The Consolidation of the Senior-Care Industry

October 12th, 2018 by Ritwik Donde

It is not just the restaurant space that is abuzz with M&A activity, senior care industry is also seeing high acquisition trends in recent years. In 2017, there were 115 M&A transactions involving hospitals and health systems, marking the highest level of activity in at least 17 years.[1] So far, there have been 84 home health, hospice and personal care deals in 2018, and the year is well on pace to see well above 100 transactions.[2]

The rise in acquisitions is fueled by a growing need for consolidation in this industry vertical. An increasing number of large corporations are looking to build a stronger brand presence and diversify their care continuum.

Private equity investors with existing home healthcare companies in their portfolios are taking the M&A route to diversify their offerings and create a platform that is more akin to residential services companies like the Dwyer Group. This is well exemplified by the Riverside Company’s acquisition of CarePatrol via ComForCare. A case where the PE owner brought two complementary, non-competitive businesses together. Synergy Homecare was also acquired this year by NexPhase, adding to its healthcare portfolio, which includes healthcare companies such as pain management company, Clearway Pain Solutions, and revenue cycle management provider, Meduit. Similar trend can also be seen when Caring.com, an internet-based online resource and referral service about care options, was acquired by General Atlantic and Silver Lake Partners, which already owned A Place for Mom, a Seattle-based senior care referral service provider.[3]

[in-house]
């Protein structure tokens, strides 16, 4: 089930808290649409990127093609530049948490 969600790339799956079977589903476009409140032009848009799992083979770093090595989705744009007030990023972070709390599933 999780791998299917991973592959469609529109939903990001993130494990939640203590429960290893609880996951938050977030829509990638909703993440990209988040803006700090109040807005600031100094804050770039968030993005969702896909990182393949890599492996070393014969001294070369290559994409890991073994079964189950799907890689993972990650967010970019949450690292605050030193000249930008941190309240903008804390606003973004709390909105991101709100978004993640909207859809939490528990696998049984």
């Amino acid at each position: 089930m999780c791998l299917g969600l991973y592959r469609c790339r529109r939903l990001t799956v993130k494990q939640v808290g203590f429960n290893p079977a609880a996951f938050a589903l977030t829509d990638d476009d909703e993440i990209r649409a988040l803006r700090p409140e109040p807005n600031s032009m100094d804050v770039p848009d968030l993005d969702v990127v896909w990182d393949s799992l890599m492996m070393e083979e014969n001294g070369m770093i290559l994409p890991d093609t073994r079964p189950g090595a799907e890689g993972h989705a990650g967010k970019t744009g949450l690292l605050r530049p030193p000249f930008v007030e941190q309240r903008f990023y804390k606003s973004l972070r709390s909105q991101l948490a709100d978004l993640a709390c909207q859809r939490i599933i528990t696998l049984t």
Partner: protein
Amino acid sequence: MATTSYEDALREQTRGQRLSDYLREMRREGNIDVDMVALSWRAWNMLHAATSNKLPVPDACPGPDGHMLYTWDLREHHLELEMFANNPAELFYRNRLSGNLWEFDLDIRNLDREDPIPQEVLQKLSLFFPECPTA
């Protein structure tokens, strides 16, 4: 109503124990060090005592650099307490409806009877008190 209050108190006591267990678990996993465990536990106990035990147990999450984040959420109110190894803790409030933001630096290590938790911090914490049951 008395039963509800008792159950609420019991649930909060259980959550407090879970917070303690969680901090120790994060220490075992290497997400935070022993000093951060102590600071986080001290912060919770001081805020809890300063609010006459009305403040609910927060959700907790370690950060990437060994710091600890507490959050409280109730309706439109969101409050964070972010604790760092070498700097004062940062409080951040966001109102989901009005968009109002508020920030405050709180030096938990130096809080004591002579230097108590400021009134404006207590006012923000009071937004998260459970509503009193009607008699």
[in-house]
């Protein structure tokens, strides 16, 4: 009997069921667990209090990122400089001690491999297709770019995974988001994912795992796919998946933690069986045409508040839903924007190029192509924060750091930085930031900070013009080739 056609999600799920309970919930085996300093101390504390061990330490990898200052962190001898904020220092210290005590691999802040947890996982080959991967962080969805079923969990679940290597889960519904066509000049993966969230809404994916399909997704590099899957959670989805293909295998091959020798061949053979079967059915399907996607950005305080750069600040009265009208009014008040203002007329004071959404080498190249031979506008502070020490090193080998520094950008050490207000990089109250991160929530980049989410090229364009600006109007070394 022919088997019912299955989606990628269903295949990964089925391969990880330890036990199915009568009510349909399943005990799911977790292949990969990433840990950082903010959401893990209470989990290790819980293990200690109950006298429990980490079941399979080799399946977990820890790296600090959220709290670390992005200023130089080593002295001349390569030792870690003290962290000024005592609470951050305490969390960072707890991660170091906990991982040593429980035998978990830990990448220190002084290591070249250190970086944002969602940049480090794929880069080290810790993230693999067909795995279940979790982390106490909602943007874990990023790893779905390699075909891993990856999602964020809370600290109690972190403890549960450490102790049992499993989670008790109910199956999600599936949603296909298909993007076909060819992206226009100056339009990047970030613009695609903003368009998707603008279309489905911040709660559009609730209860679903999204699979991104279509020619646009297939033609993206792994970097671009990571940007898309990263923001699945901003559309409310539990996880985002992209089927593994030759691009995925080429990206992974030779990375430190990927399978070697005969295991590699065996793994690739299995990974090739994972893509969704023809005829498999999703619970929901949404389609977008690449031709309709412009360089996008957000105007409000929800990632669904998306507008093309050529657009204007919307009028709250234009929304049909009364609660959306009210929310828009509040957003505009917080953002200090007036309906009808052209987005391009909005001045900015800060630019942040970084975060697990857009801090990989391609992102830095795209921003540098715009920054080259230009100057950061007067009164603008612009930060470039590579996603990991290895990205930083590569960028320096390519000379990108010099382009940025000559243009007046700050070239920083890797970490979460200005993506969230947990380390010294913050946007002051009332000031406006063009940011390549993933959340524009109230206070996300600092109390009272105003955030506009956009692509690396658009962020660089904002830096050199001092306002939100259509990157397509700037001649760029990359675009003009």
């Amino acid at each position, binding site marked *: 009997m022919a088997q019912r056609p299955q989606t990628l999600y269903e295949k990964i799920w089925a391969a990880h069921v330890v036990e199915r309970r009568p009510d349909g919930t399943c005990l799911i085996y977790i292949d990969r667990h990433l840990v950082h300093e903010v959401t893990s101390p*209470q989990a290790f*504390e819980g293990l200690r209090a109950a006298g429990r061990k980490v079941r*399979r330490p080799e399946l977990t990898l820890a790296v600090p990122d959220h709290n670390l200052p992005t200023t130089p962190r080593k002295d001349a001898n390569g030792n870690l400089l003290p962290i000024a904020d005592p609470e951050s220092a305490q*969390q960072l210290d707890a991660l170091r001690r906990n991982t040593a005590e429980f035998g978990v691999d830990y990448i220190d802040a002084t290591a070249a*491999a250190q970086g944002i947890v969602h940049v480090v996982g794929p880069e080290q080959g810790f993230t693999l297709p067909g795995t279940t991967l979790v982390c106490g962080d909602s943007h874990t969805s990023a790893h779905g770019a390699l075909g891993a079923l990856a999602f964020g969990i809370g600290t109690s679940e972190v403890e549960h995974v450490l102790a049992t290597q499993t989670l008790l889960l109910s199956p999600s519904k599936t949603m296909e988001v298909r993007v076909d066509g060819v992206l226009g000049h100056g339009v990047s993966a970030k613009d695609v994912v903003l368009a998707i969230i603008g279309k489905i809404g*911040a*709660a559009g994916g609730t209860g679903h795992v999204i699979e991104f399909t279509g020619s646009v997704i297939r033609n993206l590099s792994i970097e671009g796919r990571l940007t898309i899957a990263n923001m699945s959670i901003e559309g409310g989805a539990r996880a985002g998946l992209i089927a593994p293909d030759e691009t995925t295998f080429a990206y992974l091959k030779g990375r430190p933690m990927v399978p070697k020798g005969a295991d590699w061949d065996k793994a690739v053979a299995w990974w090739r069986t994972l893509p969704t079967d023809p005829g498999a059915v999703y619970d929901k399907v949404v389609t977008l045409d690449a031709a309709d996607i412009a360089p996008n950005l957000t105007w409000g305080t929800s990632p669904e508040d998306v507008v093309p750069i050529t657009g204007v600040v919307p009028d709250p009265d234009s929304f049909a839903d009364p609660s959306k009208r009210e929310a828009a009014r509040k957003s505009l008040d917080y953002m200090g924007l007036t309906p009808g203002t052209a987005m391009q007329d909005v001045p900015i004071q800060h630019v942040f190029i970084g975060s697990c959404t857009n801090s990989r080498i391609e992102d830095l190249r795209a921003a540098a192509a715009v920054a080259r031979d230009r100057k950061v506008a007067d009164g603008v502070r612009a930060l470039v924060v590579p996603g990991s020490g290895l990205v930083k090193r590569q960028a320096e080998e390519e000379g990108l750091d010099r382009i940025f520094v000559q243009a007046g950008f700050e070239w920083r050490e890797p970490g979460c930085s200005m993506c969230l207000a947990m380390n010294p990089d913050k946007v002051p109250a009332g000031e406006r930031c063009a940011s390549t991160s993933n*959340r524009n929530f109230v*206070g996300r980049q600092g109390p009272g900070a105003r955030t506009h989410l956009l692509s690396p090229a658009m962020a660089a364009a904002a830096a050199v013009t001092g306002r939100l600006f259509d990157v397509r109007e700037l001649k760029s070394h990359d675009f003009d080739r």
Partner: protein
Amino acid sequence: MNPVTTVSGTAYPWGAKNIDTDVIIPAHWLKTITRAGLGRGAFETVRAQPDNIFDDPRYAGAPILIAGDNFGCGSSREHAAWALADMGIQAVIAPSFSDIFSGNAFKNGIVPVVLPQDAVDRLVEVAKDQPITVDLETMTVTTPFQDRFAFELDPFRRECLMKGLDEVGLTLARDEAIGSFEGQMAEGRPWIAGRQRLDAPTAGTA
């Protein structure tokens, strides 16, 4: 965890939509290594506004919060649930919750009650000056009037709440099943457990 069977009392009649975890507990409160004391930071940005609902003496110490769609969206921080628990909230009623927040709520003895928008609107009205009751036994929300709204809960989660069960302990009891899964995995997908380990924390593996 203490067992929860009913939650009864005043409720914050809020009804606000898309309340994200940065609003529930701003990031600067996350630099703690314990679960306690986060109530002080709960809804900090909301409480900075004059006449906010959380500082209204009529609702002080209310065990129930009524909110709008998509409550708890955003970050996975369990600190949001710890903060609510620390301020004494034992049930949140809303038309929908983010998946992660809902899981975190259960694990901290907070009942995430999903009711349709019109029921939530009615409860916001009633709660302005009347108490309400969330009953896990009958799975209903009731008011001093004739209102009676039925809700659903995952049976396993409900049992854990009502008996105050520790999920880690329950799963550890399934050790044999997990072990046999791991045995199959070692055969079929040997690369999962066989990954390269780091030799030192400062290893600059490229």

M&A activity is not limited to franchisors and companies along. This has also trickled down into the franchisee level conversions, where geographical saturations in certain high value markets is resulting in franchisors taking the M&A route to grow their presence. BrightStar Care for example acquired Iowa-based HomeChoice Senior Care as a conversion into its system, adding Cedar Rapids, Iowa City and Des Moines to its growing market presence. At the same time, FirstLight Home Care acquired Hearthside Home Care as its first of many independent home care provider conversions. U.S. brands also in high demand with overseas investors. Take the case of Home Instead’s Irish operations. In 2017, The owners of Home Instead Senior Care, Michael Kearney and Ed Murphy, have sold more than half the business to outside investors.[4] Proceeds from such investments are being used to fuel further growth in their respective markets.

With many buyers for franchisee and franchisors alike making inroads in the home healthcare industry, the result has been favorable to sellers. The median earnings before interest, taxes, depreciation and amortization (EBITDA) multiple for U.S. healthcare targets rose almost 3x from from 2015 to 2017, reaching the level of 13.8x.[5] High multiples for franchises is resulting in the creation of profitable exits and a sellers’ market for franchisees. Franchisees are not shying away from taking advantage of this trend. For example, earlier this year, South Carolina-based health care real estate investment firm InvestSouth acquired Interim HealthCare’s franchisee in Greenville[6]. The same time, Home Instead’s Hightown NJ operations were acquired by a private investor.[7] Home Helpers and Right at Home also saw similar transactions earlier in the year.[8]

With the number of Americans aged 65 and older going from 35 million in 2000 to 49.2 million in 2016, according to the U.S. Census Bureau, subsectors such as home health have momentum. Added to that excessive competition for targets means that companies and investors are increasingly turning to targeted market services provided by companies like FRANdata to find more and more high-quality targets.

[1] Kaufman Hall

[2] Mertz Taggart

[3] PE Hub Network

[4] The Times

[5] West Monroe Signature Research

[6] Upstate Business Journal

[7] Press Release

[8] Osborne HomeCare